Annick Robinson is now teaching Budokon in Montreal, and is available to give workshops, master classes and private training all over Canada.
The word Bu-do-kon translates directly in Japanese as (Bu) Warrior (Do) Way (Kon) Spirit, or Way of the Spiritual Warrior. The Budokon physical practice draws upon ancient and modern yogic and martial arts styles. The foundation of the Budokon physical practice is precision, alignment and Zen mind. All Budokon techniques are designed to explore the body's full range of motion. The practice dances between agility, control, speed, power, balance, flow, focus, calm, precision, flow and mastery in the body, mind and spirit. The Budokon Zen practice is seated meditation. Zen is about single minded living. Zen is about freedom from our own ideas. This practice is the foundation of Budokon and weaves its way through everything we do.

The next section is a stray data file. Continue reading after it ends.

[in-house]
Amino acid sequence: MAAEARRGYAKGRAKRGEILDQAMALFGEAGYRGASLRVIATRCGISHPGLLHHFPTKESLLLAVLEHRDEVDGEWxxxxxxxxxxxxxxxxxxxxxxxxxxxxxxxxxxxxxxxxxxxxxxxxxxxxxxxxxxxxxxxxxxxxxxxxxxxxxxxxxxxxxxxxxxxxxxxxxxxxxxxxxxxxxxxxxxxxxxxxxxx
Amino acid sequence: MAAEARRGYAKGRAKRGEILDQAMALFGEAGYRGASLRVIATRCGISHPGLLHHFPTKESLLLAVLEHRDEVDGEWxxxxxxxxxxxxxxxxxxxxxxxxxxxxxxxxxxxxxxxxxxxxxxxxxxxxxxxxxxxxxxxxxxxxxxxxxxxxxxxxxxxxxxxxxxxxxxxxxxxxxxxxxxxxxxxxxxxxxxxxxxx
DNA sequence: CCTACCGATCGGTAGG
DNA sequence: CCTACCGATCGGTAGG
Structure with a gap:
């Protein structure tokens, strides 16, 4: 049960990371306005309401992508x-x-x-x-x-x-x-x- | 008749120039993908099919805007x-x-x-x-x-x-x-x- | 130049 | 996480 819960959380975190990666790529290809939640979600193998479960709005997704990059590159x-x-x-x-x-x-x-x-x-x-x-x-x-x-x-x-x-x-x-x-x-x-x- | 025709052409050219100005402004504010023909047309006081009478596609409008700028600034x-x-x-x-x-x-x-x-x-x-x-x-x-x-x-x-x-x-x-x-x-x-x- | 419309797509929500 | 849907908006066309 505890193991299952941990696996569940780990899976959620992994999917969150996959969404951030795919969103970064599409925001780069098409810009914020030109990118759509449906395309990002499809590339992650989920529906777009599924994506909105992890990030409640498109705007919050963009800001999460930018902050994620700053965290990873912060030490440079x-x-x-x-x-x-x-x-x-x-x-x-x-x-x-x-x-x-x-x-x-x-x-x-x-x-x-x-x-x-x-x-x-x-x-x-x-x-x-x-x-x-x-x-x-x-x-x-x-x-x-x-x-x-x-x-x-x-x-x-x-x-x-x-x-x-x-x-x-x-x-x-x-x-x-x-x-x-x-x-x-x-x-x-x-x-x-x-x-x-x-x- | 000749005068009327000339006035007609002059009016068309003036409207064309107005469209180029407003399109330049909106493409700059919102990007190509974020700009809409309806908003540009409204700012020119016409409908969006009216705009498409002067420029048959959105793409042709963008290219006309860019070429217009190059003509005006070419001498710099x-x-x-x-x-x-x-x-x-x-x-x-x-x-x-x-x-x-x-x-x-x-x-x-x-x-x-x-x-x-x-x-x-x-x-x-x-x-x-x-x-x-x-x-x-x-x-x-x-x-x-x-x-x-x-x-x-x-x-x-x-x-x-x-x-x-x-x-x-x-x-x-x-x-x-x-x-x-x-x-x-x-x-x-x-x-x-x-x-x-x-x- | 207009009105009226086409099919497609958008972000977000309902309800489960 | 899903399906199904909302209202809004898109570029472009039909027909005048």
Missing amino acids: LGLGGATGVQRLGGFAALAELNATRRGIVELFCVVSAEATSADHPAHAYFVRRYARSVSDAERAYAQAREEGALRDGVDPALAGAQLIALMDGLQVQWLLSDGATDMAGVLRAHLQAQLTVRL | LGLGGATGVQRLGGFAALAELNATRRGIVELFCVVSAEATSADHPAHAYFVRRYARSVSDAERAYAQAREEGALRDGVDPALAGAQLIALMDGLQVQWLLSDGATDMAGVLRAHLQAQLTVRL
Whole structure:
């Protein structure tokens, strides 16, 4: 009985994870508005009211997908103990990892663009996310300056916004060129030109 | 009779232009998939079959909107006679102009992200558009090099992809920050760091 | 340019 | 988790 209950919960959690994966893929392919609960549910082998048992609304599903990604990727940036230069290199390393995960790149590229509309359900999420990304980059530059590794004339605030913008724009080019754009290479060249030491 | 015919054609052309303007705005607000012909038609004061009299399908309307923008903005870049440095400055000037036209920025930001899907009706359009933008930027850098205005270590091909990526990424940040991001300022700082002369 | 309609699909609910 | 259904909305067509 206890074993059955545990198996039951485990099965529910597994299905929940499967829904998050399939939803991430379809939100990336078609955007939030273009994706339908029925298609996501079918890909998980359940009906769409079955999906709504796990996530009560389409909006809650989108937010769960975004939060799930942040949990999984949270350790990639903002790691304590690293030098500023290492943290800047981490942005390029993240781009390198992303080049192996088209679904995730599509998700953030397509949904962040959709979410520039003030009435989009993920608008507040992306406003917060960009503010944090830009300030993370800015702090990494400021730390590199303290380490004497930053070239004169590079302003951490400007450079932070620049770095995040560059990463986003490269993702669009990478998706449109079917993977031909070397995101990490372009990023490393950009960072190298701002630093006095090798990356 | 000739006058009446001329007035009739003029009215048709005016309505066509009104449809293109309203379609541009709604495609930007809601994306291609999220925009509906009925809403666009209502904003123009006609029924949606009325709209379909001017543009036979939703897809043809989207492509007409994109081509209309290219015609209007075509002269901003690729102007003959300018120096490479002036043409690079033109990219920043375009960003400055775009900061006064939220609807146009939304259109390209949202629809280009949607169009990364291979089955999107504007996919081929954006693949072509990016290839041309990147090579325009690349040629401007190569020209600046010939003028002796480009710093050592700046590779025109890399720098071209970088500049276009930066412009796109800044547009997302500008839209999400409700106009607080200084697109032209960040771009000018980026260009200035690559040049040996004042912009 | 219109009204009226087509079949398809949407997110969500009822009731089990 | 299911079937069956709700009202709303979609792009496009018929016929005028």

Budokon is a living art. By that I mean it is the art of living. It is your waking and your sleeping, your walking and your sitting, your living and your dying. I cannot say that it is more special than any other art. In fact, it is not special at all. It is the practitioner who brings all that the art is, all that the art will ever be. Budokon is not about gaining ideas. There is nothing to gain from it. It is simply a way. Our way is the Zen way. We are not a religion or a devotional practice. We do not practice to become enlightened. We practice because we ar e enlightened. If you are seeking something in order to gain something, this is the wrong practice. Budokon is empty of gaining ideas. If you believe there is something to gain from it, you will always be disappointed by it. This is the first lesson in
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